You described him as a salesman...what else am I meant to know about the relationship? Sure there’s bits of GS that are needlessly aggressive, but you really haven’t been treated badly - no one is really harming on about mistakes, but you repeatedly kept referring to WC as positional ref, that’s why we kept going back to it! Unless you understand the fundamentals it’s hard to sort out the details.


Quote:
The MOTU 828es shows if you connect via a master WC to the two devices as slaves, and connect them via MIDI you generate MTC that Ableton Live can read. Did you see that in the manual that I linked? Page 48 details sync with WC for MTC.
"Situations that require synchronization - Networking multiple MOTU interfaces together"
https://s3.amazonaws.com/motu-www-da...User_Guide.pdf
I read page 48 onward to 52 - it doesn’t mention MTC once, only LTC - ie SMPTE - which can be used for both positional AND sample based sync (although it’s better to resolve to WC for sample and LTC for positional).

Really though, MTC is only so precise - it doesn’t get amazingly tight. If you need tighter, you might need to incorporate some sort of LTC solution.

But - I’ve just read back through the discussion. I think something is fundamentally wrong with your setup. MTC might not be perfectly synced internally (ie there might be a bit of “wobble” between beats), but it shouldn’t drift out of sync so one workstation is significantly lagging the other (for example).

I’m not 100% sure the Element series is designed for what you’re doing. The MOTUs have a much better midi spec. But there’s nothing to stop you having the motus in the setup purely for midi, and keep using the audio on the Elements. Or do they still make the Midi timepieces? If so that might be a more cost effective solution, since they can read and generate LTC, convert to midi and everything in between!

I don’t think your issue is anything to do with analogue synths either - it’s a fundamental issue between the 2 computers.
Old 2 weeks ago
  #26
Here for the gear
 
bluedot's Avatar
Quote:
Originally Posted by psycho_monkey View Post
You described him as a salesman...what else am I meant to know about the relationship? Sure there’s bits of GS that are needlessly aggressive, but you really haven’t been treated badly - no one is really harming on about mistakes, but you repeatedly kept referring to WC as positional ref, that’s why we kept going back to it! Unless you understand the fundamentals it’s hard to sort out the details.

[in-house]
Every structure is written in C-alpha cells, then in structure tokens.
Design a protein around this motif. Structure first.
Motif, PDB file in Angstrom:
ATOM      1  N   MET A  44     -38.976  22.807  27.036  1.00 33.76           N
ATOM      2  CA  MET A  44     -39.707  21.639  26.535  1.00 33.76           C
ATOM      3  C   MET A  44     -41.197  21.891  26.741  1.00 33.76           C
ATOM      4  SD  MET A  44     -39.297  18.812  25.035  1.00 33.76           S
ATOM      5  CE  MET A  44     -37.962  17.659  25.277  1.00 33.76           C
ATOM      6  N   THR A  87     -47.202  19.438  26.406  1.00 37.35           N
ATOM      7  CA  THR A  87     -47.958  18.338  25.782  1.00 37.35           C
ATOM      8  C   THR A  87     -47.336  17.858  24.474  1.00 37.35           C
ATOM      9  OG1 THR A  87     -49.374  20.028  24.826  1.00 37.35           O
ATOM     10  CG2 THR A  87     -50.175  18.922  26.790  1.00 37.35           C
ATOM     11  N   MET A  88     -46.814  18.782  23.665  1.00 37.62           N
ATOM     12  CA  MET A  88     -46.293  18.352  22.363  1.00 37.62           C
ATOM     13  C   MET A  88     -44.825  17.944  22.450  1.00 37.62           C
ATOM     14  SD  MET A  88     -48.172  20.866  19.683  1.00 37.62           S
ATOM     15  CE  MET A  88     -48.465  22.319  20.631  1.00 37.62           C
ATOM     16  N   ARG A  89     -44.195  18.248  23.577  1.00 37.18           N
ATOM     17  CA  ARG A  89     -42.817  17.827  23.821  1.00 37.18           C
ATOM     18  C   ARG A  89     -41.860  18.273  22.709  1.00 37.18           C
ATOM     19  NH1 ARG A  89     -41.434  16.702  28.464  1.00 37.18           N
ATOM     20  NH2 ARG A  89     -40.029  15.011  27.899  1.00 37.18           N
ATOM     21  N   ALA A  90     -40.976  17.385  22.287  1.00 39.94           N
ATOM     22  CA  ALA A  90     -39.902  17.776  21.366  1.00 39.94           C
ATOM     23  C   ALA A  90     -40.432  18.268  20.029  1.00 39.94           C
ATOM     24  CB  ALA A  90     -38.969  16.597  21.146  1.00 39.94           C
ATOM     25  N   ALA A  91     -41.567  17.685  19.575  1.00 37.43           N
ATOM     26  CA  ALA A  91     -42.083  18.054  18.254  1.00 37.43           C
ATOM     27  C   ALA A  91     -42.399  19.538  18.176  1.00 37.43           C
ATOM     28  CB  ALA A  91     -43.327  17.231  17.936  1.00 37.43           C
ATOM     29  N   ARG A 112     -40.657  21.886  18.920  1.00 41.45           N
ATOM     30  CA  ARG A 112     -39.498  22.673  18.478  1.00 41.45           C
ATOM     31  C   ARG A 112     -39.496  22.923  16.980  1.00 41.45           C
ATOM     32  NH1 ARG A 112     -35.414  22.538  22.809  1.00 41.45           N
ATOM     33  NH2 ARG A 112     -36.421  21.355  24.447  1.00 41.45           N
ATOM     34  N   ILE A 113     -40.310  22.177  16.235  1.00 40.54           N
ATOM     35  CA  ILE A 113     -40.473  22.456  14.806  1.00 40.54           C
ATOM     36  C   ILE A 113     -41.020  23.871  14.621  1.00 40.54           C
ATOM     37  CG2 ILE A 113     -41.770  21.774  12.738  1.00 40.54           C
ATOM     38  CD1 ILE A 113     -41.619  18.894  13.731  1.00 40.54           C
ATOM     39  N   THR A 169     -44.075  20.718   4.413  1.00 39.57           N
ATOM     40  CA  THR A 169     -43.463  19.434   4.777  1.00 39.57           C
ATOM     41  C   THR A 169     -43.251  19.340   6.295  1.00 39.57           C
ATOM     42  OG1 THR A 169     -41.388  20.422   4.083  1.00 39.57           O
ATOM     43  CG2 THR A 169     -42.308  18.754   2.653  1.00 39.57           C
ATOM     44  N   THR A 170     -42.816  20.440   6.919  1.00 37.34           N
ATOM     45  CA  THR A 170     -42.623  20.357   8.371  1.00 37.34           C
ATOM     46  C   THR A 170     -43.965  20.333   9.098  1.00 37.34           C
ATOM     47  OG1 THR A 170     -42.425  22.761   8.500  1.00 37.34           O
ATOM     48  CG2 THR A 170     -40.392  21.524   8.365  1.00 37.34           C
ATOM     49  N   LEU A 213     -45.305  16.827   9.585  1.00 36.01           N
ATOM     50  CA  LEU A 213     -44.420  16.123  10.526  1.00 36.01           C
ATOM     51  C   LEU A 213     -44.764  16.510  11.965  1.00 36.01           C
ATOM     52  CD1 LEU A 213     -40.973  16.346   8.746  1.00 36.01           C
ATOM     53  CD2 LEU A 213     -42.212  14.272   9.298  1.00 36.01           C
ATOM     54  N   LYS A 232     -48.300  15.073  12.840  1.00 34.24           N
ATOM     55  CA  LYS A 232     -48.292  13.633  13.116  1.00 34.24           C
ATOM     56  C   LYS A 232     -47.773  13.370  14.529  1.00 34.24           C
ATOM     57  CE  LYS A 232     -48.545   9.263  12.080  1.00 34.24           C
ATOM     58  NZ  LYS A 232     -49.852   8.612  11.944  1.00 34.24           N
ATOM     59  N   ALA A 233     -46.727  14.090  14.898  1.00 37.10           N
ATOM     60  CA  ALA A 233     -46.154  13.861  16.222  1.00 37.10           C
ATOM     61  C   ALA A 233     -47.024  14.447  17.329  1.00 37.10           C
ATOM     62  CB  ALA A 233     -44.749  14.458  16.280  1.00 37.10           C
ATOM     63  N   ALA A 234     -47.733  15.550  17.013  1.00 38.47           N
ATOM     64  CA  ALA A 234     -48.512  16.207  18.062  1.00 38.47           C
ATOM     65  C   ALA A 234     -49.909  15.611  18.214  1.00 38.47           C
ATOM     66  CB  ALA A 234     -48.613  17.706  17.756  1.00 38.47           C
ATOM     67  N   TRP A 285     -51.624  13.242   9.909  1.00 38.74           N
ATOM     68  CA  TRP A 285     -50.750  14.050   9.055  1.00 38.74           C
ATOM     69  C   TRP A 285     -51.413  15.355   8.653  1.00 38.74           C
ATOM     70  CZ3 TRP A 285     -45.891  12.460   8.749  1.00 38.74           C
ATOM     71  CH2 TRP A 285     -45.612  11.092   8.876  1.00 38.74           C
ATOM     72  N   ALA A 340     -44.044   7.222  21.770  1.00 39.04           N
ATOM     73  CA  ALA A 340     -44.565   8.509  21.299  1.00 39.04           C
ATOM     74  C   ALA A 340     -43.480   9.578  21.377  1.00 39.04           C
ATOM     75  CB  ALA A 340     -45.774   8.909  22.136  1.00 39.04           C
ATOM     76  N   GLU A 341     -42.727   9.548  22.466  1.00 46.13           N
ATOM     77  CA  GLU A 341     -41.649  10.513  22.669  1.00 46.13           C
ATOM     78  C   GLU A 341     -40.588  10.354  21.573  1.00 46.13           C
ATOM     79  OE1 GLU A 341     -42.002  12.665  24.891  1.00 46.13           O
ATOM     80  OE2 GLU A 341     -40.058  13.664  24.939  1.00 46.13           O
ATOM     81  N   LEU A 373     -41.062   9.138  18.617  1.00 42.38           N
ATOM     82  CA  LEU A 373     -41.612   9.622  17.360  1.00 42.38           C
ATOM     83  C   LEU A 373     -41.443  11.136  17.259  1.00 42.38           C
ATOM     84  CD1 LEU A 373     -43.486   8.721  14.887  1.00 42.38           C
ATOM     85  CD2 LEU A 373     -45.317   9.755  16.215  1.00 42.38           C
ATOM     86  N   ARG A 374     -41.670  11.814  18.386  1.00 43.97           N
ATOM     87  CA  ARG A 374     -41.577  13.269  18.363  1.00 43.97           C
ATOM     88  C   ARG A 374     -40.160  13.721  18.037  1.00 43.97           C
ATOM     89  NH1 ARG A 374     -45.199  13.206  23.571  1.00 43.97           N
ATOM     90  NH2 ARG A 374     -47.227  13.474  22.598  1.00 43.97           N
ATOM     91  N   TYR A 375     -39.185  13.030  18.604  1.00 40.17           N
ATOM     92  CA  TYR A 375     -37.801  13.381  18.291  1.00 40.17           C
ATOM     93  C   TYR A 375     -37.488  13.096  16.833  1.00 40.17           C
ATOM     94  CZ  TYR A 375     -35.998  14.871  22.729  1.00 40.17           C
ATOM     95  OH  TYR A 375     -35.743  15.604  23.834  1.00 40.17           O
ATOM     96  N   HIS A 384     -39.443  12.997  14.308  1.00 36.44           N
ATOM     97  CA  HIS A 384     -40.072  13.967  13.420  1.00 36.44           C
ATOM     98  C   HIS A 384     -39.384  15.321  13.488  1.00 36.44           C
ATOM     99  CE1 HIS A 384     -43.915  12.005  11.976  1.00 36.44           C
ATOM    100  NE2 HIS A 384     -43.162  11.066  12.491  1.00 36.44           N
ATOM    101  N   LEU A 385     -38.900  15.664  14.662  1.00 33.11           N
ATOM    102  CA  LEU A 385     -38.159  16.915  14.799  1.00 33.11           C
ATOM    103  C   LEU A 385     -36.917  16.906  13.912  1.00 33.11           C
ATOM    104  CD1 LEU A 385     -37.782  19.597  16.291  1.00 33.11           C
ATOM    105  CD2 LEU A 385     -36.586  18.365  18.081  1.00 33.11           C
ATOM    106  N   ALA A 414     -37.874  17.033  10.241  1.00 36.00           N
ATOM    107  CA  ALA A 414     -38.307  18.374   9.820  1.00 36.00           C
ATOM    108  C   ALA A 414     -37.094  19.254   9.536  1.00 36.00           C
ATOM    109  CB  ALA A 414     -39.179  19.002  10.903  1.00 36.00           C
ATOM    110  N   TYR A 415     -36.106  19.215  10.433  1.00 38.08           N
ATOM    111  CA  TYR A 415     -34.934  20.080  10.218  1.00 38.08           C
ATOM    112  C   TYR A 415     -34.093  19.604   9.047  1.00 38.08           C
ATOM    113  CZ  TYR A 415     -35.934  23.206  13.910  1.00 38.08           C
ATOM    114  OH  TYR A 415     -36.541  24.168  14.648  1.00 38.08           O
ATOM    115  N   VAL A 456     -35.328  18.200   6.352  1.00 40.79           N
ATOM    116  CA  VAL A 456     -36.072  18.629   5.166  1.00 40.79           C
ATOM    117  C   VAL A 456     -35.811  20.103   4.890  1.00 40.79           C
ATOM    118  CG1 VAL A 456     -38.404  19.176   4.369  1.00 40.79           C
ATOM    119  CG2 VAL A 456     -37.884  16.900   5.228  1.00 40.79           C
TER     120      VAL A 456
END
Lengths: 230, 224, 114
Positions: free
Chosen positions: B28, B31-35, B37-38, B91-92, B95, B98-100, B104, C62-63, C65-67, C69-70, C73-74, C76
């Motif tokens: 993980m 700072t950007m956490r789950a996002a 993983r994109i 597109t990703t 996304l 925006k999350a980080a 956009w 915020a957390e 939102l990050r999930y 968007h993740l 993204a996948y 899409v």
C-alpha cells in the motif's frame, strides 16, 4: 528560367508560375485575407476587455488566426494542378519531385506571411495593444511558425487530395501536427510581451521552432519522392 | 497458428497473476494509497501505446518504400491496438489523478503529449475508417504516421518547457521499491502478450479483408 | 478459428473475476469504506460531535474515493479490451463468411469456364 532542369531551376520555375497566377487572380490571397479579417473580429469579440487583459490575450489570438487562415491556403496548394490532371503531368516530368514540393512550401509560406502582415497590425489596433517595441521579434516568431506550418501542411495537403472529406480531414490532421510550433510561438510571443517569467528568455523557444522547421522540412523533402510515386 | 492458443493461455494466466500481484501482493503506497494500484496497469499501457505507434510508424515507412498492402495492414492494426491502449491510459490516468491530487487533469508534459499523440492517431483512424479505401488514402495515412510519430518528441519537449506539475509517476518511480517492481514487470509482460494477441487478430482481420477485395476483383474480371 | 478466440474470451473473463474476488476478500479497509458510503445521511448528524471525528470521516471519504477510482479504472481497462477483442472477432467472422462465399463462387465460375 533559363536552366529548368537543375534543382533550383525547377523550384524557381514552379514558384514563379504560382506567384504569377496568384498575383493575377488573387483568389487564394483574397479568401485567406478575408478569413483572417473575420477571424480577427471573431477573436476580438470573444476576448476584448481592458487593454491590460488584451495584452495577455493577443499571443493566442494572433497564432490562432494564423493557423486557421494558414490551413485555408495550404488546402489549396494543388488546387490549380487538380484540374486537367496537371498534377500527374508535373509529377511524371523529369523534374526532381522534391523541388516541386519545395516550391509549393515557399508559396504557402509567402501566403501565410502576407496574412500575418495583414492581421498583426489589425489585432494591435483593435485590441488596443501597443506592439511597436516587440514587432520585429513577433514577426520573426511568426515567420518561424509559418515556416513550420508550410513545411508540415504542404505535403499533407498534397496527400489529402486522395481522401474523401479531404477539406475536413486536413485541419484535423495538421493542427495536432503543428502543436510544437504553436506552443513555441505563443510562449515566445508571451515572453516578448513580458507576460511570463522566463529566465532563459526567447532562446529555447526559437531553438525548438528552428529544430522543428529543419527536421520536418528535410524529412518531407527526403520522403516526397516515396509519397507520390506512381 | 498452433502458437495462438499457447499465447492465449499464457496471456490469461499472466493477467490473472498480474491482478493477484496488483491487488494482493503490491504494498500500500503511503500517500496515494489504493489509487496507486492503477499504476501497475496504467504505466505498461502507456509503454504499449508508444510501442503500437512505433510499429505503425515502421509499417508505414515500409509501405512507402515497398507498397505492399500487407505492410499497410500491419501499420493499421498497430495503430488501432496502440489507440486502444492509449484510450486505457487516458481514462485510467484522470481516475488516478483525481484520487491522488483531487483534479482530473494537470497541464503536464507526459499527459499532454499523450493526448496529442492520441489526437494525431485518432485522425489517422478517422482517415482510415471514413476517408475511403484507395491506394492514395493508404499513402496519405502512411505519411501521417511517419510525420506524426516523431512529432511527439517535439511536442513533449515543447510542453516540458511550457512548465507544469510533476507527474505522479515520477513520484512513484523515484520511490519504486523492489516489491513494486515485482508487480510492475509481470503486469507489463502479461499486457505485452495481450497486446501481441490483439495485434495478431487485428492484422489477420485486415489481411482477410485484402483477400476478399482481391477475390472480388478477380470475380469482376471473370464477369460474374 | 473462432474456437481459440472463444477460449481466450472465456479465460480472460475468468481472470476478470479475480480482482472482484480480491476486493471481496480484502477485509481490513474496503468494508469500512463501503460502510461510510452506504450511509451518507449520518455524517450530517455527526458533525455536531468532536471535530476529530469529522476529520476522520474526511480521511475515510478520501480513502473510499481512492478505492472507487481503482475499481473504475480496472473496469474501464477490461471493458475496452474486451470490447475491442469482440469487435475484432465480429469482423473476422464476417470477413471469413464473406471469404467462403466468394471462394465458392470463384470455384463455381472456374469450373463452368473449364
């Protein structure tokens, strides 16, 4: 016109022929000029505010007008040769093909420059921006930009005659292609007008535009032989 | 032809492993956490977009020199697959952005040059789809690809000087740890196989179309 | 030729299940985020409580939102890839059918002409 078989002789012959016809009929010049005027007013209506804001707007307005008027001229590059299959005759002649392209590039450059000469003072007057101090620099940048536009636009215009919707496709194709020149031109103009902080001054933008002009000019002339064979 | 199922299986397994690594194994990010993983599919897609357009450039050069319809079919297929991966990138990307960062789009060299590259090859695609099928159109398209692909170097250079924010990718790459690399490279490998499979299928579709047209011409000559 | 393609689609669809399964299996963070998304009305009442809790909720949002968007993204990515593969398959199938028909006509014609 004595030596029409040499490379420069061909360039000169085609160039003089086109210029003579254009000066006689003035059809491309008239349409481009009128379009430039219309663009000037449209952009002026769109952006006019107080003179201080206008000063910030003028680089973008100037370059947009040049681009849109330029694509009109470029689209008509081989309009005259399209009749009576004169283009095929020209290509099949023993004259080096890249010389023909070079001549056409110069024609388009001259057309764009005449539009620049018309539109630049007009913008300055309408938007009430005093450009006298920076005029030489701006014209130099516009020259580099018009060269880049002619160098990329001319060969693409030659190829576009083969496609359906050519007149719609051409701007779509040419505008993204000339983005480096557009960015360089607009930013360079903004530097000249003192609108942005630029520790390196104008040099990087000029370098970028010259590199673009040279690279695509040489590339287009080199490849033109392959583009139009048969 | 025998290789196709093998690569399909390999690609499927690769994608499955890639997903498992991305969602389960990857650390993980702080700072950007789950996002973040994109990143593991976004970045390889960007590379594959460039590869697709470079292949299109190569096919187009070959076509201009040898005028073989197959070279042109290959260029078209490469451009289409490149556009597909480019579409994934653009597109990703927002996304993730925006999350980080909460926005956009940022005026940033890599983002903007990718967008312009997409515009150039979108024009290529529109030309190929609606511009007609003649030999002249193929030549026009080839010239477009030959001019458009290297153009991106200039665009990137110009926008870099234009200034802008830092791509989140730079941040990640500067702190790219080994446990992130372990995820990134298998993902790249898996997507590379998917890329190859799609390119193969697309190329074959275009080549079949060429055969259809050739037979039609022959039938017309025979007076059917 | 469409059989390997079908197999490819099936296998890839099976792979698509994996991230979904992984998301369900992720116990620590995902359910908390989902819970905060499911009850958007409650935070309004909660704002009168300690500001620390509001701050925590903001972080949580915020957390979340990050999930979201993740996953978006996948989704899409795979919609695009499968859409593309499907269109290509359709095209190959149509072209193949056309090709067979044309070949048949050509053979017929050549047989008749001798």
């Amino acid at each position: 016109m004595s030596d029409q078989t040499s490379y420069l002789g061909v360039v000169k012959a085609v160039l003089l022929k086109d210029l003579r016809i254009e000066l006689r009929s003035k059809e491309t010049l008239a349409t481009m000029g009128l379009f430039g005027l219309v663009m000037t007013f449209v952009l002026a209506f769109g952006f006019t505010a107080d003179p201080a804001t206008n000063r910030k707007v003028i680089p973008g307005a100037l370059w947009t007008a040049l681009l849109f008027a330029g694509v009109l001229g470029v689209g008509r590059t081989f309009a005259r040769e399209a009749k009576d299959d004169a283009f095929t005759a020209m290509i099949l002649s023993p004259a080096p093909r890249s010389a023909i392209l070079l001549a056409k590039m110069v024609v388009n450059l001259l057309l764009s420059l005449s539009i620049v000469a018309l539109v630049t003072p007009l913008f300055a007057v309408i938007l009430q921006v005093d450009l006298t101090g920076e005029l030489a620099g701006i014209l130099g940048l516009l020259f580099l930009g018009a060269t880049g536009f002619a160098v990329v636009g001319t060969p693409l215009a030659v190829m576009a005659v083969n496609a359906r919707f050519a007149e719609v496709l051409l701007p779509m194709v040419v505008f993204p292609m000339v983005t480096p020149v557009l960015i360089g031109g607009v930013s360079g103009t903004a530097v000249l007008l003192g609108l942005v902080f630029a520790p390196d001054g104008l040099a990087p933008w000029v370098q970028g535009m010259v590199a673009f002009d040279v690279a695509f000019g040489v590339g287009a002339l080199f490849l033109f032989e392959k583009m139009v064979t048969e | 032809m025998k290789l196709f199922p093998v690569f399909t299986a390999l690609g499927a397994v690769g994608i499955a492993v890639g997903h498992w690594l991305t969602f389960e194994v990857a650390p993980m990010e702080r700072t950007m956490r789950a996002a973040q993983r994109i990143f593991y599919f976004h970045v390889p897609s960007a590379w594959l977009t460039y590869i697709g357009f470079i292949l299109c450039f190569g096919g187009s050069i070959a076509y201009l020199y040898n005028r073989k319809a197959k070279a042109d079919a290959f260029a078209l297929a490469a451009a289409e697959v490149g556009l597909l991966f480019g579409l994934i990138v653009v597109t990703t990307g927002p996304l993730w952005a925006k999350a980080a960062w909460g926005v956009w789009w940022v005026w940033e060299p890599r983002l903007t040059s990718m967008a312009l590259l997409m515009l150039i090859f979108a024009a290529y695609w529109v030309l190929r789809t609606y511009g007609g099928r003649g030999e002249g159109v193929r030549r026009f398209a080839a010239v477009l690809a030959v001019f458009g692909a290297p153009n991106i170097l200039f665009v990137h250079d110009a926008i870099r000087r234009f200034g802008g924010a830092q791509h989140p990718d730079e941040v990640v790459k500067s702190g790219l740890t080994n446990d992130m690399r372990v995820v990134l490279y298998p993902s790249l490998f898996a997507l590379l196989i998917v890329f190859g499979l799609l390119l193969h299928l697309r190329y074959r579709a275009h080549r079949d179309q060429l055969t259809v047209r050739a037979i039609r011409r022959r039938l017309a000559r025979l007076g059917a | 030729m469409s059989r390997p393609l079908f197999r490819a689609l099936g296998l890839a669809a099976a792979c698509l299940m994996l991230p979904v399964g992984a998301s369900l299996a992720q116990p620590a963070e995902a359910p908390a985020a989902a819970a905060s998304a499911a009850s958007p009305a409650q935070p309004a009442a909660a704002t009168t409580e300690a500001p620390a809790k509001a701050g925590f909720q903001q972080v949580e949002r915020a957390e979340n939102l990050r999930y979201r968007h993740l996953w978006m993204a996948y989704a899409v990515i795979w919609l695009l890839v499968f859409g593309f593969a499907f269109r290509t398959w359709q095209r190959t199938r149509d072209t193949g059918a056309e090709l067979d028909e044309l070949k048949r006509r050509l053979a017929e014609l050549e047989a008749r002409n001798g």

I read page 48 onward to 52 - it doesn’t mention MTC once, only LTC - ie SMPTE - which can be used for both positional AND sample based sync (although it’s better to resolve to WC for sample and LTC for positional).

Really though, MTC is only so precise - it doesn’t get amazingly tight. If you need tighter, you might need to incorporate some sort of LTC solution.

But - I’ve just read back through the discussion. I think something is fundamentally wrong with your setup. MTC might not be perfectly synced internally (ie there might be a bit of “wobble” between beats), but it shouldn’t drift out of sync so one workstation is significantly lagging the other (for example).

I’m not 100% sure the Element series is designed for what you’re doing. The MOTUs have a much better midi spec. But there’s nothing to stop you having the motus in the setup purely for midi, and keep using the audio on the Elements. Or do they still make the Midi timepieces? If so that might be a more cost effective solution, since they can read and generate LTC, convert to midi and everything in between!

I don’t think your issue is anything to do with analogue synths either - it’s a fundamental issue between the 2 computers.
Thank you for taking the time with this. I see they are taking LTC and converting it to MTC that Ableton Reads for better sync per their knowledge base.

I agree, the Elements are audio only - and cannot be sync'd between them.

I'll order a couple of MOTU 828es tomorrow and see what happens. SOS says the A/D conversion is much better on the new devices. I also found out through this deep dive that the MOTU can send CV through their ins and outs, and that can be useful to our work.

Thanks again.
Post Reply

Welcome to the Gearslutz Pro Audio Community!

Registration benefits include:
  • The ability to reply to and create new discussions
  • Access to members-only giveaways & competitions
  • Interact with VIP industry experts in our guest Q&As
  • Access to members-only sub forum discussions
  • Access to members-only Chat Room
  • Get INSTANT ACCESS to the world's best private pro audio Classifieds for only USD $20/year
  • Promote your eBay auctions and Reverb.com listings for free
  • Remove this message!
You need an account to post a reply. Create a username and password below and an account will be created and your post entered.


 
 
Slide to join now Processing…
Thread Tools
Search this Thread
Search this Thread:

Advanced Search
Forum Jump
Forum Jump